• Email—This method sends the invitation to the helper (that's the expert referred to in the Remote Assistance interface) via email. The user fills in the address of the helper and sends the email. When the helper receives the email, he or she simply clicks the link to open a session. To send by email, some type of email application (such as Outlook or Outlook Express) needs to be installed. Outlook Express is installed by default.

  • File—This method specifies a file location to save the invitation file. The file location must be accessible to both the user (to create the invitation) and the helper (to open and use it).

No matter which method is used to create the invitation, the user also specifies the duration (in hours) of how long the invitation is good. The helper then uses the invitation to connect to the user's machine. After the interval for the invitation expires, it is no longer good for accessing the machine. The user can provide further protection of the invitation by specifying a password. Of course, the password must be communicated to the helper somehow so he or she can open the invitation. The process works like this:

  1. The user configures and sends an invitation to the helper.

  2. The helper receives the invitation and clicks the URL or opens the file to respond.

  3. As shown in Figure 3.5, the user is prompted to allow the helper to connect.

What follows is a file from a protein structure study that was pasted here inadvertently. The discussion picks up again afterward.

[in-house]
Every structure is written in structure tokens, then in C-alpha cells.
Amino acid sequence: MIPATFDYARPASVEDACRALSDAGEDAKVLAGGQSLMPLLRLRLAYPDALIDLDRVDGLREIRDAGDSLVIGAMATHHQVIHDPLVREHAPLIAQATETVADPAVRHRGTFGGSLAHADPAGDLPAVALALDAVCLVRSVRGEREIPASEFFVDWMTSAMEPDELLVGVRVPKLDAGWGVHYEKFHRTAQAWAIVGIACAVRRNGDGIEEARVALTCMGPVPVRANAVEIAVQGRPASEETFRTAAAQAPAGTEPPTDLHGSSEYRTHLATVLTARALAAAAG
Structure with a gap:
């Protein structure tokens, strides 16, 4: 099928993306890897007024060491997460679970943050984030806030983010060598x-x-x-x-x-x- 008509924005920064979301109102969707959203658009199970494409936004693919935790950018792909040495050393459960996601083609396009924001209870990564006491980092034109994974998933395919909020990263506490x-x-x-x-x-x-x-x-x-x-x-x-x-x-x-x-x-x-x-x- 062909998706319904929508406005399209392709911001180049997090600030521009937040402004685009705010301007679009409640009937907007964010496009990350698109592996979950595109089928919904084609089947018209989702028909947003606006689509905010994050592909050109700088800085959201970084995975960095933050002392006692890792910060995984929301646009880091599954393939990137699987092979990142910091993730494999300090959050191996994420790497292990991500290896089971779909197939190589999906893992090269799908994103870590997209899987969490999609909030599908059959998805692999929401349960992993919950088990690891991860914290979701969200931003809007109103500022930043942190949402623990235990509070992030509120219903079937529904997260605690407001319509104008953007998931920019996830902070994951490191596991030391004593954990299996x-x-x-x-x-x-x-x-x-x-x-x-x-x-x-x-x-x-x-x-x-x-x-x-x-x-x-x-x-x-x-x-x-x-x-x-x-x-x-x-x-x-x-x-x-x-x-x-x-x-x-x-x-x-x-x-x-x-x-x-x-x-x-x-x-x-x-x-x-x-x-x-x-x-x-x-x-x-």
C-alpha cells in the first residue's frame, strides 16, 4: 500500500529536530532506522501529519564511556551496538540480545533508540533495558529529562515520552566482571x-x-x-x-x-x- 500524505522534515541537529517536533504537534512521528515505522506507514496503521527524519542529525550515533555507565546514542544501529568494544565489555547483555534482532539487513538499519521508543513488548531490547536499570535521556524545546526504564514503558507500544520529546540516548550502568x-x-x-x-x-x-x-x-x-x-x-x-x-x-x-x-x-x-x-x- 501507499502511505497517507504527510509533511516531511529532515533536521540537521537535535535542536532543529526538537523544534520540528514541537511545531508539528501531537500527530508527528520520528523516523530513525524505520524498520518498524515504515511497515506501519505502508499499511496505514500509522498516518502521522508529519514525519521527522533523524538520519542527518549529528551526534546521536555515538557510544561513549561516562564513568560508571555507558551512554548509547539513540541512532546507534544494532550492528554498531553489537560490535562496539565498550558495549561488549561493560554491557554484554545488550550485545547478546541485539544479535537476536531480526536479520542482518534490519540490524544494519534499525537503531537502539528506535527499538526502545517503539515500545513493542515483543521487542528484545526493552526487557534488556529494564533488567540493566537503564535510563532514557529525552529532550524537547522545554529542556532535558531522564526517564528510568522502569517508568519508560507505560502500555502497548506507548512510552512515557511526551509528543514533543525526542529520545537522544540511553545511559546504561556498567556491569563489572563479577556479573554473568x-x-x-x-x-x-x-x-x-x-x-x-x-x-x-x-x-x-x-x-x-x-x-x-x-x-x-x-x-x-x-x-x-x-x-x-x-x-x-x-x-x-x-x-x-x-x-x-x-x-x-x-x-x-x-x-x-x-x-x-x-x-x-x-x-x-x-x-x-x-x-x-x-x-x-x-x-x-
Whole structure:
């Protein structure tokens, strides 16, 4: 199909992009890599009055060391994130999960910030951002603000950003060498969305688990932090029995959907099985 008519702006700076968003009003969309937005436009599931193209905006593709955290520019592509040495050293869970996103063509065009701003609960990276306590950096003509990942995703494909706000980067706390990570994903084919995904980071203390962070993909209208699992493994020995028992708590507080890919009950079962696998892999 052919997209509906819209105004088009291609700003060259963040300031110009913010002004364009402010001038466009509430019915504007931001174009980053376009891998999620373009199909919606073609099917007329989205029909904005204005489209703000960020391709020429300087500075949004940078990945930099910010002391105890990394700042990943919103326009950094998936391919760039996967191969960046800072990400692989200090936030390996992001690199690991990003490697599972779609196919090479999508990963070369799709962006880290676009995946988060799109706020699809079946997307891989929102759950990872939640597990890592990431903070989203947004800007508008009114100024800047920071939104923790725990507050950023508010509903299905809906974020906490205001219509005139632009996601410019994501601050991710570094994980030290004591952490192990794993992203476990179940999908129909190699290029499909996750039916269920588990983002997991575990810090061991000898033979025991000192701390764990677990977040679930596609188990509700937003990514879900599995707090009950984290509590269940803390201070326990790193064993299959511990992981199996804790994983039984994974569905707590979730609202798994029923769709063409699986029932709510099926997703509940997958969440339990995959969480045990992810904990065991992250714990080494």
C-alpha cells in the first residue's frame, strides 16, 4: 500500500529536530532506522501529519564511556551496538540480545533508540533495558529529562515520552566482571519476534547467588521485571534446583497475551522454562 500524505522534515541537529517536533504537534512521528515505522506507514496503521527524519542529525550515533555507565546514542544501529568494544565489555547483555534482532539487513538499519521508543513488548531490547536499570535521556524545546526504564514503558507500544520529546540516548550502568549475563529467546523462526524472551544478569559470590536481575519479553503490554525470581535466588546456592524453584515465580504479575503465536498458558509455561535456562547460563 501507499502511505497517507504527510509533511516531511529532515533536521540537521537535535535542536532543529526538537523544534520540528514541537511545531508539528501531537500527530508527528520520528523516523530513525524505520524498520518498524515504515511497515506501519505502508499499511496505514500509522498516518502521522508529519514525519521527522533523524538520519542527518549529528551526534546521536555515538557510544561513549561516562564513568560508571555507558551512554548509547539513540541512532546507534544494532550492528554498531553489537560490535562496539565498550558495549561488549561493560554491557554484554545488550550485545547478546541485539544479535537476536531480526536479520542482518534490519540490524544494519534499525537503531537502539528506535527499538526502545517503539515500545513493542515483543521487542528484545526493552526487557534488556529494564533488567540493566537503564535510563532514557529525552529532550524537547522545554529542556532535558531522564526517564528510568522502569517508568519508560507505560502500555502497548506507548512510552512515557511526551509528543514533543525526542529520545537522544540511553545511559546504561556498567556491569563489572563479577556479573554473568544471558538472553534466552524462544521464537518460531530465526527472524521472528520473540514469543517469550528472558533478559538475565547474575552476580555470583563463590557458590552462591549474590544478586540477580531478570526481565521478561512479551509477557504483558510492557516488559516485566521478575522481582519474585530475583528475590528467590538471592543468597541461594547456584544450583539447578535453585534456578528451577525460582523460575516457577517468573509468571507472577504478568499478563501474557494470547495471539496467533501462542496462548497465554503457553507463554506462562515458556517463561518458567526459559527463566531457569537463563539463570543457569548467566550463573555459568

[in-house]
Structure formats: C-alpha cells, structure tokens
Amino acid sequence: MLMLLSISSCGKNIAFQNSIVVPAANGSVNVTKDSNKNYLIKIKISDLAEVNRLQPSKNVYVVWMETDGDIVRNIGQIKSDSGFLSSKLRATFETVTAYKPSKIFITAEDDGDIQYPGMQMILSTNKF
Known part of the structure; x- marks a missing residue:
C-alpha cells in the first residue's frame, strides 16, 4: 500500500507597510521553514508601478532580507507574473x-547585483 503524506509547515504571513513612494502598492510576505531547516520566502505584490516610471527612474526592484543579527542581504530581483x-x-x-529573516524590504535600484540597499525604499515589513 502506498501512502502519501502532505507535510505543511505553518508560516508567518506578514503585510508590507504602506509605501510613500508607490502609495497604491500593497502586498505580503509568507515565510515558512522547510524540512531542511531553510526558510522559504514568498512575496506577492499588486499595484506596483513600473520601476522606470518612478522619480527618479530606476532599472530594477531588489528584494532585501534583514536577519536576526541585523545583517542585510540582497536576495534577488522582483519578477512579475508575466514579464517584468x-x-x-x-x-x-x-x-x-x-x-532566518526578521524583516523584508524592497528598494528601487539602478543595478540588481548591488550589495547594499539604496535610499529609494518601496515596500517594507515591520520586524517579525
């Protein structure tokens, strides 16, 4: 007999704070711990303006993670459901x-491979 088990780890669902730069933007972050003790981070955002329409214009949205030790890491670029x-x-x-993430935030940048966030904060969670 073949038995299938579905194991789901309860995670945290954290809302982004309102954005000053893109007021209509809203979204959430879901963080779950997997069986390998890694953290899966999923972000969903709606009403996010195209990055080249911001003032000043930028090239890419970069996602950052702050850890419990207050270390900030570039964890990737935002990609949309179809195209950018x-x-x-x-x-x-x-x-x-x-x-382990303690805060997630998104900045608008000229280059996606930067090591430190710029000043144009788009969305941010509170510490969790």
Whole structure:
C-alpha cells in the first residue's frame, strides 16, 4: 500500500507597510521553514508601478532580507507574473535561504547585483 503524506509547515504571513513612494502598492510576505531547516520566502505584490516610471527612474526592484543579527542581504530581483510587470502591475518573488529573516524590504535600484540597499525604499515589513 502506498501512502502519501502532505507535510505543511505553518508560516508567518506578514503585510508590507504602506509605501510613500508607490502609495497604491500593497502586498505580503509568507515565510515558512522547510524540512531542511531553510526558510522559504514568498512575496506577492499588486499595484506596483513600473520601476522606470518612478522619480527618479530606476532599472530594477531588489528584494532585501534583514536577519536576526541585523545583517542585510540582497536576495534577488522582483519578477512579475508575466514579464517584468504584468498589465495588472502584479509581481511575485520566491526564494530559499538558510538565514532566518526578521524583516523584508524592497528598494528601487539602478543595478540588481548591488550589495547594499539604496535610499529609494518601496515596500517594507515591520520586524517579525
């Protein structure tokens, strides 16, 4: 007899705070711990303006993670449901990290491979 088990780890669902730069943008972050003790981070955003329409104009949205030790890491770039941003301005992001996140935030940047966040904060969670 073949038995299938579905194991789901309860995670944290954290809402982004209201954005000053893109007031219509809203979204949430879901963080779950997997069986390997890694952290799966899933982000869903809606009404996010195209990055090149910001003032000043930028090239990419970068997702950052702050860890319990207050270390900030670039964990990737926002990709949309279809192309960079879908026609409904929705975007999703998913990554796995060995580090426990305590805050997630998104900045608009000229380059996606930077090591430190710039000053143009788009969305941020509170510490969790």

4. After the user accepts, the helper can see the user's desktop and send and receive chat messages, as shown in Figure 3.6.

  5. Figure 3.5Figure 3.5 This dialog box shows the helper attempting to connect to a Remote Assistance session.

    Figure 3.6Figure 3.6 A Remote Assistance session has been initiated.




  6. Once connected, the user and helper can exchange files, but the process is still user driven. If the helper initiates sending a file, the user must accept it and designate where to store it.

  7. The helper can request to take control of the user's desktop (see Figure 3.7).

  8. Figure 3.7Figure 3.7 The helper can only request to take control.




  9. If desired, the user can allow the helper to take control. This then gives the helper access to the user's desktop, but the user can still see what the helper is doing.

Consistent with giving the user full power over the Remote Assistance session, the user can cancel the session at any time simply by pressing the Esc key. It's sort of a fail-safe to give the user a warm fuzzy. If the helper starts doing something the user doesn't like, the user can just press Esc.

Controlling Remote Assistance

A group policy enables helpers to solicit users for Remote Assistance sessions. This just enables the helper to prompt a user; the user still initiates a session, and it is still totally user driven.

Quite frankly, the Remote Assistance model is designed primarily for end-user desktops. Therefore, in most environments, it will probably be used more in Windows XP than in Windows Server 2003. Chances are that the user and the help desk support personnel will be running Windows XP instead of Windows Server 2003. You wouldn't ordinarily have anyone logged in and sitting at the server console to send and respond to Remote Assistance messages. Remote Desktop for Administration is the more viable remote control console for Windows Server 2003 because it enables administrators to connect to the server without anyone being there—just like Terminal Services.